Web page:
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Disease and ethnicity are often used as a compelling combination. The fear of unknown disease, the fear of strange or different people are often melded to strong xenophobic effect. Of course, one fascinating element of this combination is that European colonisation was a bringer of disease and so, in a fairly classic case of transference, we place upon others those things we dislike about ourselves. We brought disease when we came to this country – diseases which were absolutely devastating, and now we fear it in others.

The recent combination of Scott Morrison’s comments on refugees and disease, and the debate about the depiction of ethnicity in Home & Away combined to remind me of a storyline that occurred in Home & Away over a decade ago. A refugee boat beaches itself illegally near Summer Bay (let us not worry about the geographically unlikelyness of this) and Duncan finds an (Asian) girl who has escaped detection and brings her food and tries to help her. The refugees however have typhoid, and the Diner has to be shut down because of Duncan’s actions. His humane actions thus endanger his family’s livelihood. The refugee girl becomes a literal Typhoid Mary, a threat to the life and well-being of Summer Bay.

When this storyline aired in 2000, immigration was a point of significant contention within political debate, Hanson had just been and gone from Parliament and refugees arrivals were increasing. Home & Away was, at much the same time, introducing an on-going character of non-Anglo background – Leah Poulos (who has remained on the show until this time). The depiction of Leah, while commencing in over-determined depiction of Greek-ness, actually in time managed to find a balance in its depiction where, in the words of Alan McKee was able to “address [ethnicity] as a narrative issue, and to accept it as a narrative given]” a goal McKee was hoping to see in the depiction of Aboriginality. It has been a long time since I watched Leah, so I don’t know whether he ethnicity has now slipped entirely from the narrative and she has been completely assimilated into the dominant culture, though for some time this was one, very small, bright spark in the depiction of ethnicity.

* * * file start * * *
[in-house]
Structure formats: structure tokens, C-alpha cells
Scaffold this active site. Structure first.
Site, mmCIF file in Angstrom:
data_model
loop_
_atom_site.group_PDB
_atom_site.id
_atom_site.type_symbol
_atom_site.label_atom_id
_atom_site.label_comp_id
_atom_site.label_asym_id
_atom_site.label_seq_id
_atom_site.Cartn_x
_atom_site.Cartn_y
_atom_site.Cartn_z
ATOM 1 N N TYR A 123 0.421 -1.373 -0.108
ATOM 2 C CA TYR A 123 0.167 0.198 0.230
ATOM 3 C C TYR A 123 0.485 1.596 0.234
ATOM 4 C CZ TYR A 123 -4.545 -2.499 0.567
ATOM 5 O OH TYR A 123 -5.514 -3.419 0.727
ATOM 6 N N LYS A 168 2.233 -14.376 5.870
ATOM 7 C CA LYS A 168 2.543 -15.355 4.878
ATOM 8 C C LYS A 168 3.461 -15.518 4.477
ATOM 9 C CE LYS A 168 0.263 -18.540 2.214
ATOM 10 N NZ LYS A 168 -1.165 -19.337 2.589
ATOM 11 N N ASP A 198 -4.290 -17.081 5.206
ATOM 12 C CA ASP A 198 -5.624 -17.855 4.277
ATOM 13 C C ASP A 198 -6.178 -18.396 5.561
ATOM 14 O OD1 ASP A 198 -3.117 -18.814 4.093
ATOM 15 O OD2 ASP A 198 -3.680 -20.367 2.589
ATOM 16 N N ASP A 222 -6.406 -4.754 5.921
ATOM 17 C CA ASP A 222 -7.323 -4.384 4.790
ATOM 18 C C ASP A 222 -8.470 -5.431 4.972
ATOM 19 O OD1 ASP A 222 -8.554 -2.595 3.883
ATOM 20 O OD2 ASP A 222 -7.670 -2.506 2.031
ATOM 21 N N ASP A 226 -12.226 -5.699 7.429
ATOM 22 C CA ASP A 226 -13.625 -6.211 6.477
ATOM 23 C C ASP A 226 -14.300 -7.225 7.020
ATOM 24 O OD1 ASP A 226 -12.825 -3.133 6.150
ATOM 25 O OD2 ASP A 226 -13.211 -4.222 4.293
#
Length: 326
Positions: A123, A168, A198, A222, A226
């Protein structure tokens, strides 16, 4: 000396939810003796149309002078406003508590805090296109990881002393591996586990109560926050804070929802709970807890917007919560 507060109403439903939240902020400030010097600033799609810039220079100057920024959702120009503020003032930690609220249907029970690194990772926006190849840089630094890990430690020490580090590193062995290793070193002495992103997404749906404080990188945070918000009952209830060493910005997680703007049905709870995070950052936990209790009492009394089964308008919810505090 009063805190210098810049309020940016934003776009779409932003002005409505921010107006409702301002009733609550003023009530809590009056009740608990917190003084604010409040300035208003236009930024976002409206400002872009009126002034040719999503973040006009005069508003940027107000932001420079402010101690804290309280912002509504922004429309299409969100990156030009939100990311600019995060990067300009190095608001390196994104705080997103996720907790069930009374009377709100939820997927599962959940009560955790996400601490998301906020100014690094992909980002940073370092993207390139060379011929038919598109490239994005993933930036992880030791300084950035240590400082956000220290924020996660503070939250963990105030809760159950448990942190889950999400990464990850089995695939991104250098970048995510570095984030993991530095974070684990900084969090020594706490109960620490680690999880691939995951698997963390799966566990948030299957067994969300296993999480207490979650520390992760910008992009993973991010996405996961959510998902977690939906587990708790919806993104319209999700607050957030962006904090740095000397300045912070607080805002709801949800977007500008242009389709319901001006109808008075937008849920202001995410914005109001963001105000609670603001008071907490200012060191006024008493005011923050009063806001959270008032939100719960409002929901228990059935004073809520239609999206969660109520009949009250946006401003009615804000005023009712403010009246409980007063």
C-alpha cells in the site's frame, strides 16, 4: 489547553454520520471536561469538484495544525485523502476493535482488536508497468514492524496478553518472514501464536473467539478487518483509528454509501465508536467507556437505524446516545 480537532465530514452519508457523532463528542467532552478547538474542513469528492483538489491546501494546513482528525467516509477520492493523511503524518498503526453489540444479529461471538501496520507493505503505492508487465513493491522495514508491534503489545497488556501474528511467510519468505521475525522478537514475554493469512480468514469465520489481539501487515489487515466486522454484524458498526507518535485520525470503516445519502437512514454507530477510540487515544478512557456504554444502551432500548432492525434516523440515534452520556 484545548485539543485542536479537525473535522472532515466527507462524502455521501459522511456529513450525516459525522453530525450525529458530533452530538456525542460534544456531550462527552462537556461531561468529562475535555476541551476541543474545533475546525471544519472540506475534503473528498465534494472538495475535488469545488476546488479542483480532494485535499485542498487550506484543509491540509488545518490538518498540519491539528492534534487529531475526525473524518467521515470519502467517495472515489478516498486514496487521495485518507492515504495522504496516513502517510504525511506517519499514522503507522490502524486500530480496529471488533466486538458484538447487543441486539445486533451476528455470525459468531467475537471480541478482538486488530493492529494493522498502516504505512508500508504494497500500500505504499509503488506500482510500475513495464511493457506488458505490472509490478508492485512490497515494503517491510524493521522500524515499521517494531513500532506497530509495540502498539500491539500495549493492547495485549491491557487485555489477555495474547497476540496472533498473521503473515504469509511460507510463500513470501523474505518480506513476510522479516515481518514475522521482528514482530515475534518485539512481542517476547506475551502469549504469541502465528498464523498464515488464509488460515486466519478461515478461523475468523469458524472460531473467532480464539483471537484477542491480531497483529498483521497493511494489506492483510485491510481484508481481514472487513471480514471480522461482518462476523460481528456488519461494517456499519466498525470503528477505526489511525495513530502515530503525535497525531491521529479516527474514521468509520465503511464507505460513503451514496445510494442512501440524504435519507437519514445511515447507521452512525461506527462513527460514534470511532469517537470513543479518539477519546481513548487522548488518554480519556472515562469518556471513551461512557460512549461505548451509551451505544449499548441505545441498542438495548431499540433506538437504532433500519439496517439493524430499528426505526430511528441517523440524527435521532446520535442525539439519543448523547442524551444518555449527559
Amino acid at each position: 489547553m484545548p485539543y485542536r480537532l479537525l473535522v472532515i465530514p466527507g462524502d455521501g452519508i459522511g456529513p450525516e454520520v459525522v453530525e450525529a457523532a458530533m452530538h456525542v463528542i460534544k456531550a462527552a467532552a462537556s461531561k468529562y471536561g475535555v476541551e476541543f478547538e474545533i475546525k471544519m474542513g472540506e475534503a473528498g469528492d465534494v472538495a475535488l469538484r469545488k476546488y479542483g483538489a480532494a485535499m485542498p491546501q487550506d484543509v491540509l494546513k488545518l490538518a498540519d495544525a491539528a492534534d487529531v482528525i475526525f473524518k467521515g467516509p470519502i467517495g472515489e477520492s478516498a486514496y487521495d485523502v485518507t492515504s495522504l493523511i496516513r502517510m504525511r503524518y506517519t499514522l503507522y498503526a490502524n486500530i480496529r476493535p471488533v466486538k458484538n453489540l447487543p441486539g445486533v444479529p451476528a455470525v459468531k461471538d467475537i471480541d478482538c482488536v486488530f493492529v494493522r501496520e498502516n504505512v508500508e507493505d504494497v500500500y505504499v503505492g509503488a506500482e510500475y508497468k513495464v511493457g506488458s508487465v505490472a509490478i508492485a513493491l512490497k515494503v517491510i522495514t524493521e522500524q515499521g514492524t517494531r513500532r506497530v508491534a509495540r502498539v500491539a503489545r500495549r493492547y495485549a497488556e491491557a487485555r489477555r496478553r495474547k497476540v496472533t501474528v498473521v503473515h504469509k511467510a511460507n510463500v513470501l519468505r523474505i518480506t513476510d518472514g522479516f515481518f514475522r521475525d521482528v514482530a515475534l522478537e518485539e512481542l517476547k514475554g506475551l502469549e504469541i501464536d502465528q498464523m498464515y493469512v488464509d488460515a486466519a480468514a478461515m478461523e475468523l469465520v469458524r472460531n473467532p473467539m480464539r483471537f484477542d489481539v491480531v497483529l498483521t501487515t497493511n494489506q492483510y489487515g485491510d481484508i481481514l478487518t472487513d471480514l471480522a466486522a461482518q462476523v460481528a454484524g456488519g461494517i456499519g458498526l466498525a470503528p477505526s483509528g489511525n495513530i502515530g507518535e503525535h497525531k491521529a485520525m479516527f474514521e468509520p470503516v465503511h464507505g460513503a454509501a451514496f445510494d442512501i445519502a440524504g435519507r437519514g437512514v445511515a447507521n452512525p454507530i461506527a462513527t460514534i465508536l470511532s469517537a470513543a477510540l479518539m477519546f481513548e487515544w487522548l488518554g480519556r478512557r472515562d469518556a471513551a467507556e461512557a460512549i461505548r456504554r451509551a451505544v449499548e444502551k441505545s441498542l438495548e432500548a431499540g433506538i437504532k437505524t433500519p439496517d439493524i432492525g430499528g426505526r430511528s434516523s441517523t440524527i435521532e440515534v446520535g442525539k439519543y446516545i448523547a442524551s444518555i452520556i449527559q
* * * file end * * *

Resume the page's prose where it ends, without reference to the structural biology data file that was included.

But, nonetheless, a storyline about disease-bringing non-white refugees managed to feature, demonstrating that helping these people endangered your health and even the rest of your life. This was 12 years ago. What we see from Scott Morrison, is that this storyline might not be completely unacceptable today. The failure of political leadership on all side to address the discourse about refugees and to humanise our attitudes, creates the atmosphere in which a politician like Morrison can feel it is to his political advantage to say something so outrageously offensive. As Contagion demonstrated, if we are worried about disease, we should get rid of free peanuts in airport bars – in fact, shut down any international air travel. People arriving on boats are the least of our worries. It would be nice to think that in another decade we might find that a storyline of this sort, or a political statement of this type, would be see as the abhorrent race-baiting that it is.


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